The relationship between psychological science and art extends beyond therapy. What does it mean for psychologists to embrace art, and for artists to embrace psychology?
Art therapy has a long and fascinating history, often tied to the conventions, ideologies, or peculiarities of its era. It’s hard to say, too, that many great artists were not engaging in their own form of therapy through painting, sculpting, composing, or writing? But as an identifiable area in it’s own right it only really began in the mid-twentieth century. Now, suddenly, art as therapy is experiencing a resurgence: most notably perhaps, moves to enable social prescribing or arts therapy in the UK indicate a new recognition of the beneficial and therapeutic effects of engagement with arts (or, more properly, the “doing” of art).
One typical challenge for a lot of art therapy, traditionally, is that it struggles to demonstrate, to hard-nosed science, its value over and above conventional medical treatment. In common with a great deal of applied (“real world”) research it is hard to demonstrate cause and effect because therapeutic environments for art-based therapies do not readily lend themselves to RCT-type studies or neat, compelling control groups. Studies that have explored whether staring at a Rodin leaves people feeling happier, or whether walking through a Yayoi Kusama installation makes you less anxious, often appear so superficial as to be worthless. It’s a little like giving Scottish football fans a questionnaire asking whether they’re more likely to experience a heart attack after watching Scotland play a World Cup Qualifier; everyone knows the data – in the days when Scotland played in World Cups the male coronary rate in Glasgow soared! – but I’d imagine the experience of watching Scotland play football and the physiological reaction to it is different for each Scottish fan, just as much as it will be a very different experience for many England fans. Recent ambitious plans for a demonstration of the broader benefits of arts in education from birth to 25 years are certainly welcome, but any such large scale survey inevitably bakes in (or, in weaker research, bakes out) the “messiness” of real life and will never satisfy experimental purists.
But, perhaps, purity of the RCT-flavour is precisely not the point of art? And, consequently, prescribing in its literal sense a specific art drug is not the true purpose art therapy: if there are benefits of arts therapy one would hope they extend beyond those of mere distraction activities or simulation because, almost by definition, they offer a more ontological treatment. Demonstrating the deeper benefits of art is maybe necessarily elusive, and many who engage in artistic activity report that changes in function or mood are more the consequence of personal realisation, fulfilment, self-expression or self-development. Moreover, a body of evidence is beginning to emerge that shows reliable benefits of the arts in health.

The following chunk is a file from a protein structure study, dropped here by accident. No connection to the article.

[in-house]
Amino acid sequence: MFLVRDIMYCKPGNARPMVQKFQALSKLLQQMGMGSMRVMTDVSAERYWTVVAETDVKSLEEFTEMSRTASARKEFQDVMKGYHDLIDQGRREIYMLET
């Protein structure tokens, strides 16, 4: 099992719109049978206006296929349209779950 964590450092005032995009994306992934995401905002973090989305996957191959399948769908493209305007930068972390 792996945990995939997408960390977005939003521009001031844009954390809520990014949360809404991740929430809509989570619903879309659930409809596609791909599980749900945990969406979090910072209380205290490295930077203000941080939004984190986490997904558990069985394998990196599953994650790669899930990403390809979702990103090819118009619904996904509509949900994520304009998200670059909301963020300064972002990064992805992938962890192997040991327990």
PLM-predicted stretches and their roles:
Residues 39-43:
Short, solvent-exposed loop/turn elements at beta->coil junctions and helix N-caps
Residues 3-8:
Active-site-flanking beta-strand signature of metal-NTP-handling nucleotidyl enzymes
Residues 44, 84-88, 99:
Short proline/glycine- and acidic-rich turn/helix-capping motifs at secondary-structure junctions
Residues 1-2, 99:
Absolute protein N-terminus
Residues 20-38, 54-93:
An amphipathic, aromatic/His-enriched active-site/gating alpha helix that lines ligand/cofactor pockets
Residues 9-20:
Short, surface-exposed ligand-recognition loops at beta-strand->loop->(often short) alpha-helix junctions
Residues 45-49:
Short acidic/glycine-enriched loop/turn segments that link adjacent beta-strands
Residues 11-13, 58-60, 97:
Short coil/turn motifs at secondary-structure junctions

Compelling though recent studies on the therapeutic benefits of arts are, I must admit it is not an area of research that particularly stimulates me. My own interest in art-science collaboration lies in understanding the collaborative process, the ways in which joining together of the different perspectives can create new ideas, new understanding, and new ways of seeing the world. I am interested, in this respect, in innovation and convergence. And, of course, given much of my own psychology research has focused on processes of communication and collaboration (knowledge and learning), how that happens.
Science seeks to describe the world, but good science also generates theories to explain or represent it. Theory generation is in many ways a creative process, as is designing a novel experiment or developing theory. Art seeks to represent the world too, but good art says something more about that representation and perhaps the human condition. Any art that simply seeks to reproduce reality achieves little more than an impoverished version of reality. When you ask young children if a picture is good or not, they will judge its quality based on the accuracy of the representation (“it doesn’t look like a horse”, “the eyes are a bit wonky”). Young children do not rate Picasso, but Gainsborough is the bee’s knees (and was, literally, very good at painting knees)! Adults, but not all adults, are better at recognising the significance of subjectivity in art (both its production and appreciation).
And, more controversially, I’d argue that good science involves an appreciation of subjectivity (and intersubjectivity) too. Understanding how judgments are made, and how the perspectives of people can influence those judgements, does not weaken the rigour of knowledge but defines its boundaries. For instance, scientists send papers for peer review, acknowledging the relevance of others’ views and the ways in which we communicate ideas is subject to others’ evaluations. And good science is about ideas, and their creation, not conveyor-belt-checking the facts as they are spewed out from an external world where the eye of the beholder (the processes) sees neither beauty nor feels any emotion. It is not the case that, to everyone else, we are all just another object in the world.
So science arts collaborations are rightly emerging as the way in which genuinely new understanding and new knowledge can be created. Arts can embed scientific knowledge in the human experience and give scientific endeavour purpose. Science can open art to a fuller appreciation of the world and its workings. Together art and science can make great music… and poetry, drama… Art is good for the soul. Oh, and it can be good for your health too: therapeutic benefits are a happy side-effect.